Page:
Using fresh ingredients and a heaping helping of baking know-how, the pastry chefs at The Cupcake Gallery expertly whip up small batches of joy-inducing cupcakes. Choose from flavor favorites including double chocolate, caramel crème, red velvet, and German chocolate, or wade into new frosting-filled waters with maple bacon, rum cake, and cream soda ($3 each, or $30 per dozen). The Cupcake Gallery also offers specialty cupcakes, such as Twinkies ($2), and center-filled cupcakes, such as the choco-tella, a chocolate cake filled with Nutella and chocolate ganache and crowned with chocolate-and-Nutella frosting with toasted hazelnut powder ($3.95 each, or $42 per dozen). The Cupcake Gallery can make every cupcake gluten-free, vegan, or sugar-free if you call to pre-order, and all cupcakes can be un-shrunk and made into 6” cakes ($25) or 9” cakes ($38).
If chef Raul Arreola could nominate an eighth wonder of the world, his choice would likely be Mexican food. He has a particular affinity for cuisine from Oaxaca, which has largely been sheltered from the outside influences that might otherwise have corrupted its distinctive flavors. Arreola left his job at Frontera Grill to open Mixteco Grill, where he pays tribute to the cuisine of Oaxaca—and nowhere else—with a menu of rich moles. Dishes such as pollo relleno and wood-grilled pork chop in mole verde have earned the restaurant a spot on the Michelin Guide's 2012 Bib Gourmand list, which catalogs exceptional food available at reasonable prices. The brightly colored restaurant has a BYOB policy, which gives guests the chance to break out the bathtub gin that came with their apartment's bathtub.
In an article for the Sun Times¬ baker Stephanie Samuels recalled how, as a nine-year-old, she would dream of whipping up desserts in her friend's Easy-Bake Oven. But as much as she loved the toy oven, she never had one of her own. That is, until she opened Angel Food Bakery and decided to buy as many of the ovens as she could find to help decorate her space. They kitschy contraptions mesh perfectly with her menu, which takes inspiration from the retro treats she loved as a kid. The Airstream, for example, is an oblong cylinder of golden white cake piped with marshmallow buttercream that looks an awful lot like a Twinkie. She also whips up homemade whoopee pies, thin mints, s’mores, and marshmallow igloos, which feature a devil’s-food base that's so decadent no one would ever guess they were made from snow. Samuels’ repertoire also extends into current trends. She constructs custom cakes that, in the past, have resembled everything from a silver 1950s camper to a giant ear of corn-on-the-cob, and her kitchen churns out a full slate of cupcakes, brownies, carrot cakes, and cherry macaroons to help fuel everyday special occasions.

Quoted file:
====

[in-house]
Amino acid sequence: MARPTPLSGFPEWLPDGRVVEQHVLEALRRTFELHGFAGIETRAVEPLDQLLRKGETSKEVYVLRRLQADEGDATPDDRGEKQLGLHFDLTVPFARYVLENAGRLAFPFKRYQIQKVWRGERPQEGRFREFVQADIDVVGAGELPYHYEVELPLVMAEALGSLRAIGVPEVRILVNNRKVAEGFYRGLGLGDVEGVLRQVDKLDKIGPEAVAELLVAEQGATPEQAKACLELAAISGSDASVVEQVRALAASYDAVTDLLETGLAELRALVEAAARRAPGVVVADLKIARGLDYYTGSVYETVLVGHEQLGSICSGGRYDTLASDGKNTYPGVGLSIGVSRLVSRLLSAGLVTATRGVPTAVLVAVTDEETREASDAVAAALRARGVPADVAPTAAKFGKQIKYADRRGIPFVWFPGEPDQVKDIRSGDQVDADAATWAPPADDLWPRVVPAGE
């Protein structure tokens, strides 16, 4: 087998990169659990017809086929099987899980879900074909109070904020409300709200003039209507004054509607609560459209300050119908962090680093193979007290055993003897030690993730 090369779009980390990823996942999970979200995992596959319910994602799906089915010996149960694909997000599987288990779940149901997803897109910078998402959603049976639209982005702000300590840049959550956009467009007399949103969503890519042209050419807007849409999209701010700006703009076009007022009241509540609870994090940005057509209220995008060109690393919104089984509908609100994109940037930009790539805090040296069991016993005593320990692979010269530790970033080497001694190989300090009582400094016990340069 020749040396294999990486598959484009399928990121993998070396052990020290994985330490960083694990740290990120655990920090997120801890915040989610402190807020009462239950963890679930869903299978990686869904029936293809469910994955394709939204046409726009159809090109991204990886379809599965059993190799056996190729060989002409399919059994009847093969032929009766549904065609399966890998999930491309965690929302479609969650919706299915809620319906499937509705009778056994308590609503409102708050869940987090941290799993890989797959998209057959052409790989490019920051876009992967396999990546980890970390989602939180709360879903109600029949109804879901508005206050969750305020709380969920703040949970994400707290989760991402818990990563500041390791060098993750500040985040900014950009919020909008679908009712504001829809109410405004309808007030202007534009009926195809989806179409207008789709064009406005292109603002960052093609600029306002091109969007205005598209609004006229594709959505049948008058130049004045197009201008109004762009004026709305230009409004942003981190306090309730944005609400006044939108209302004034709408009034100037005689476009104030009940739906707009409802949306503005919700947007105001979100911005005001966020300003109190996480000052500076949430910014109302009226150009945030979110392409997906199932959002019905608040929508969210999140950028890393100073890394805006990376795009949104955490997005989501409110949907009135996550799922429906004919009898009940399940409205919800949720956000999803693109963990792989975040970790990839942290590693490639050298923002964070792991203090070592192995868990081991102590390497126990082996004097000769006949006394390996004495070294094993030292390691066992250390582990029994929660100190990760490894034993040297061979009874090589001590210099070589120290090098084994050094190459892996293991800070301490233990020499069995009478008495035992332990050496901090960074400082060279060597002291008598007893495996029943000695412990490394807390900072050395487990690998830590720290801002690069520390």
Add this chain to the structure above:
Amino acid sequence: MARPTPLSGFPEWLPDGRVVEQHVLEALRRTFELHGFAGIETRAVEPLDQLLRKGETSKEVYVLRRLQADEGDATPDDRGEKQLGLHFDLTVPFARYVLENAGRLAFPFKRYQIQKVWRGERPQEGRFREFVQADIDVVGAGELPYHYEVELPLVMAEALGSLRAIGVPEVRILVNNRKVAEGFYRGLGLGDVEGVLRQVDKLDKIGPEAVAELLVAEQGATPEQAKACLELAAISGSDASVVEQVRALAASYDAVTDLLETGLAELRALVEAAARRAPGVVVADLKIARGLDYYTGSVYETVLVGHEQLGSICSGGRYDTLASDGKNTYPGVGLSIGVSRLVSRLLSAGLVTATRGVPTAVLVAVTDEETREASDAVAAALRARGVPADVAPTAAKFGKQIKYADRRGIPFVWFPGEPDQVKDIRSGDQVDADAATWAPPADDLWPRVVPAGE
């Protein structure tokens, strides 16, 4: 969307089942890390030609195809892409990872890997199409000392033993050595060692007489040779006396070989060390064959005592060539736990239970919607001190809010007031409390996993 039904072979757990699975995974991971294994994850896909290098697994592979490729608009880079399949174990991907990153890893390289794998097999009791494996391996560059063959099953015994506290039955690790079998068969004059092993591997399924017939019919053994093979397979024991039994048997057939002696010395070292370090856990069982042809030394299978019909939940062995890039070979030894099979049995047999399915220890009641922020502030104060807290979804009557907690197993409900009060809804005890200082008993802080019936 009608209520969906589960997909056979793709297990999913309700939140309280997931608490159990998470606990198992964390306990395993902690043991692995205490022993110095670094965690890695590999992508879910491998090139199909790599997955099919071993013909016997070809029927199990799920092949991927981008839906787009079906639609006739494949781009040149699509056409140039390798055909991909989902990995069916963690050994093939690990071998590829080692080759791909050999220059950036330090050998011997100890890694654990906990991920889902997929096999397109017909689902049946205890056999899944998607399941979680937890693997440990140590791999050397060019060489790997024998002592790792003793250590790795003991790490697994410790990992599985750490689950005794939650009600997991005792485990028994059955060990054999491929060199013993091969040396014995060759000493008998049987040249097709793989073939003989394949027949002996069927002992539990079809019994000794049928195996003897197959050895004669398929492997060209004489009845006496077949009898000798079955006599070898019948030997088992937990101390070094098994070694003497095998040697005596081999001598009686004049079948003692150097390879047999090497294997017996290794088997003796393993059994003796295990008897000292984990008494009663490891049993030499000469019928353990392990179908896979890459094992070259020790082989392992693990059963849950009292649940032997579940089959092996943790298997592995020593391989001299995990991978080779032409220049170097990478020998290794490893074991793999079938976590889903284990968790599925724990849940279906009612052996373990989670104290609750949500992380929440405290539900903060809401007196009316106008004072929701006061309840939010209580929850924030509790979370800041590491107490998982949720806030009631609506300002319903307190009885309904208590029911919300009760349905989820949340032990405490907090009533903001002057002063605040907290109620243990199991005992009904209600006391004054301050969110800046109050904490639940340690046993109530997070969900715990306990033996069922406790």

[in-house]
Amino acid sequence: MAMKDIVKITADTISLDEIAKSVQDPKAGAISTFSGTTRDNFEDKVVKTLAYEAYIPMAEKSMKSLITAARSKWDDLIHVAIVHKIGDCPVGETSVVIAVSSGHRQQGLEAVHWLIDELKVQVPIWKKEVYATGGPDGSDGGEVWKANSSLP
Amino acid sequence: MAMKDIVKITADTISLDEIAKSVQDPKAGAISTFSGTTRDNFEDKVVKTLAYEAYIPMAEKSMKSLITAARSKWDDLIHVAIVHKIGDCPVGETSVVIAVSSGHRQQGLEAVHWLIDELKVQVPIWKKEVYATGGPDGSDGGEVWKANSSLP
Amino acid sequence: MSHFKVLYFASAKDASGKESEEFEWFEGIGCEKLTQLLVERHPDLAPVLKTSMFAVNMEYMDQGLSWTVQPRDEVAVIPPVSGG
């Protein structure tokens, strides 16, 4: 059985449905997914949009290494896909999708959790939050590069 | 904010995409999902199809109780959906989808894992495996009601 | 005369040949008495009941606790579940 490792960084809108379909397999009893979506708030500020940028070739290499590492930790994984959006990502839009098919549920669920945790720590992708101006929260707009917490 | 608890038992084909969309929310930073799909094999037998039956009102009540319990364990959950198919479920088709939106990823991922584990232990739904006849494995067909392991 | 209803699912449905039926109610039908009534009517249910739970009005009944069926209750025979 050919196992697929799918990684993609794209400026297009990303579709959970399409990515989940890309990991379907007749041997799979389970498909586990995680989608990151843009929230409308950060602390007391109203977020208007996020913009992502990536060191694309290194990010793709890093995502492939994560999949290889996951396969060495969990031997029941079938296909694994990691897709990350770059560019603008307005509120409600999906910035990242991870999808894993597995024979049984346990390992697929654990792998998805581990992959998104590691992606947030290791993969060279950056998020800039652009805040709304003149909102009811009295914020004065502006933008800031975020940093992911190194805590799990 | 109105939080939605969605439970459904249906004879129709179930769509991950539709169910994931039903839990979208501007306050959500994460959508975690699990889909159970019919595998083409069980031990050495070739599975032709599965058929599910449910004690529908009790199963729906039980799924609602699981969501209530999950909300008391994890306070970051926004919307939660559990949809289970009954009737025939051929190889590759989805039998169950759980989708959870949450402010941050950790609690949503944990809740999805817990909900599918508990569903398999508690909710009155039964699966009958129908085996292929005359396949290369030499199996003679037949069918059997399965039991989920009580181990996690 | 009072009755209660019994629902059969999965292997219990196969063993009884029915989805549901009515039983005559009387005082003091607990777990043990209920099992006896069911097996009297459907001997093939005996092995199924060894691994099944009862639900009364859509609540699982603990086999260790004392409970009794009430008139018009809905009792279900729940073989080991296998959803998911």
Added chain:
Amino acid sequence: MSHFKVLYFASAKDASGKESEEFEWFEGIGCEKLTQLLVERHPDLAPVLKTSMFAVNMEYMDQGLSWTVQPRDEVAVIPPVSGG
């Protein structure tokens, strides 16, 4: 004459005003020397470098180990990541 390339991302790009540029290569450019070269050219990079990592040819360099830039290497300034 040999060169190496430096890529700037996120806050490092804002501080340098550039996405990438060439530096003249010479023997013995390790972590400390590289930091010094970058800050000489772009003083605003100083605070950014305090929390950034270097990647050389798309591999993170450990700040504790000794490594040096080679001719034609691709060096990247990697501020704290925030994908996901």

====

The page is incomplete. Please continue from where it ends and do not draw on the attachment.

For 25 years this bakery has been serving up sweet and savory confections. Bakers at both Chinatown and Uptown locations stuff steamed buns with tender cuts of BBQ pork and curry beef, providing a savory complement to custard buns and sweet mooncakes.
More than 60 years ago, a woman named Ann Sather pooled all of the money she'd saved over 21 years spent working in a meat-packing plant in order to buy a Lakeview restaurant whose owners were closing shop. She stepped into the kitchen and for the next 30 years, diners enjoyed made-from-scratch Swedish cooking. In 1981, Ann sold the restaurant to 24-year-old Tim Tunney, a Cornell University graduate with French culinary training, but not before he'd apprenticed with her for a year to learn her recipes.
Ann passed away in 1996, but the scent of Scandinavian cuisine still wafts through the restaurant, now open in four locations. In the mornings, chefs bake hot cinnamon rolls and pour Hollandaise sauce over eggs benedict with Norwegian salmon and fresh dill. Later in the day, diners can slice into sumptous entrees such as Swedish meatballs or shepherd's pie with cheddar cheese.
Though its display case is stocked with artisan cheeses, housemade pastrami, and chicken salad, City Provisions is more than a deli. Cleetus Friedman, the friendly face behind the counter, oversees City Provisions's day-to-day operations, which include butchering meats in-house, assembling sandwiches, stocking shelves with groceries, and serving seasonal brunch and dinner. Local vendors supply the 3-Star Certified Green Restaurant with sustainably sourced ingredients that pour into its house-roasted meats and housemade dressings, mayos, and charcuterie. Aside from its storefront offerings, City Provisions is known for its catering services and farm dinner experiences, the latter of which snagged a "Best Of" award from CBS Chicago in 2011. Each prix fixe dinner journeys to a local farm, and often a local brewery, where patrons tour the facilities and enjoy cocktails, transportation, and a multi-course meal sourced directly from farm-to-table.